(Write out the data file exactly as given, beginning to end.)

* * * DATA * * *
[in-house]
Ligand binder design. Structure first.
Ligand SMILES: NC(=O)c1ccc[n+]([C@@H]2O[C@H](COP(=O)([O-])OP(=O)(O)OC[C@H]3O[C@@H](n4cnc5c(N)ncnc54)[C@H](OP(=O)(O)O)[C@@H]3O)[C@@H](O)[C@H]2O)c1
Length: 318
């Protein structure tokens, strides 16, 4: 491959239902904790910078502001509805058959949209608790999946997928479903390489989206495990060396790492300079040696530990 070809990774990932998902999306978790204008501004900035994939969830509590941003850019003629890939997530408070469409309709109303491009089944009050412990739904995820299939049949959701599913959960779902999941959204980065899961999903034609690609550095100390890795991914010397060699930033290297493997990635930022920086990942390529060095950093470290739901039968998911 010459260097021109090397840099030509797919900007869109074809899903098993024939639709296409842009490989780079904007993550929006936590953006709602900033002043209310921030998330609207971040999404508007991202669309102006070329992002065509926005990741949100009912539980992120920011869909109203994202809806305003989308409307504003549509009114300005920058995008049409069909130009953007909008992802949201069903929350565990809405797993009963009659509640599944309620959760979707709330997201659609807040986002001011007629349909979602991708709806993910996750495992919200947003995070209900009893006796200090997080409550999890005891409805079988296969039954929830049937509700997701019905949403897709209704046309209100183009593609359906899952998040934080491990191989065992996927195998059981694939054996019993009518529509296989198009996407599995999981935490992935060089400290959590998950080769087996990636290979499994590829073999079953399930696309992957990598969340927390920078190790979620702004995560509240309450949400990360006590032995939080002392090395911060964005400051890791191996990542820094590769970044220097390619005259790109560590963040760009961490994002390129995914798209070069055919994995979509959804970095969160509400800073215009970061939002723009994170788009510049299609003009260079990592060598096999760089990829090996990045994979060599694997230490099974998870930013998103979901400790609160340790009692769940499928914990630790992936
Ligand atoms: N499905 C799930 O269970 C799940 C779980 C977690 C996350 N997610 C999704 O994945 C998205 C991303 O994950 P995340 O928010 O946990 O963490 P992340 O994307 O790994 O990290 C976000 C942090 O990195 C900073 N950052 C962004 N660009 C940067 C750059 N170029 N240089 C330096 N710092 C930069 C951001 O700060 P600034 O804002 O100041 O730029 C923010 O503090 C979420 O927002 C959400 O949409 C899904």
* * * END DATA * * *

[in-house]
Ligand binder design. Structure first.
Ligand SMILES: NC(=O)c1ccc[n+]([C@@H]2O[C@H](COP(=O)([O-])OP(=O)(O)OC[C@H]3O[C@@H](n4cnc5c(N)ncnc54)[C@H](OP(=O)(O)O)[C@@H]3O)[C@@H](O)[C@H]2O)c1
Length: 318
């Protein structure tokens, strides 16, 4: 491959239902904790910078502001509805058959949209608790999946997928479903390489989206495990060396790492300079040696530990 070809990774990932998902999306978790204008501004900035994939969830509590941003850019003629890939997530408070469409309709109303491009089944009050412990739904995820299939049949959701599913959960779902999941959204980065899961999903034609690609550095100390890795991914010397060699930033290297493997990635930022920086990942390529060095950093470290739901039968998911 010459260097021109090397840099030509797919900007869109074809899903098993024939639709296409842009490989780079904007993550929006936590953006709602900033002043209310921030998330609207971040999404508007991202669309102006070329992002065509926005990741949100009912539980992120920011869909109203994202809806305003989308409307504003549509009114300005920058995008049409069909130009953007909008992802949201069903929350565990809405797993009963009659509640599944309620959760979707709330997201659609807040986002001011007629349909979602991708709806993910996750495992919200947003995070209900009893006796200090997080409550999890005891409805079988296969039954929830049937509700997701019905949403897709209704046309209100183009593609359906899952998040934080491990191989065992996927195998059981694939054996019993009518529509296989198009996407599995999981935490992935060089400290959590998950080769087996990636290979499994590829073999079953399930696309992957990598969340927390920078190790979620702004995560509240309450949400990360006590032995939080002392090395911060964005400051890791191996990542820094590769970044220097390619005259790109560590963040760009961490994002390129995914798209070069055919994995979509959804970095969160509400800073215009970061939002723009994170788009510049299609003009260079990592060598096999760089990829090996990045994979060599694997230490099974998870930013998103979901400790609160340790009692769940499928914990630790992936
Ligand atoms: N499905 C799930 O269970 C799940 C779980 C977690 C996350 N997610 C999704 O994945 C998205 C991303 O994950 P995340 O928010 O946990 O963490 P992340 O994307 O790994 O990290 C976000 C942090 O990195 C900073 N950052 C962004 N660009 C940067 C750059 N170029 N240089 C330096 N710092 C930069 C951001 O700060 P600034 O804002 O100041 O730029 C923010 O503090 C979420 O927002 C959400 O949409 C899904």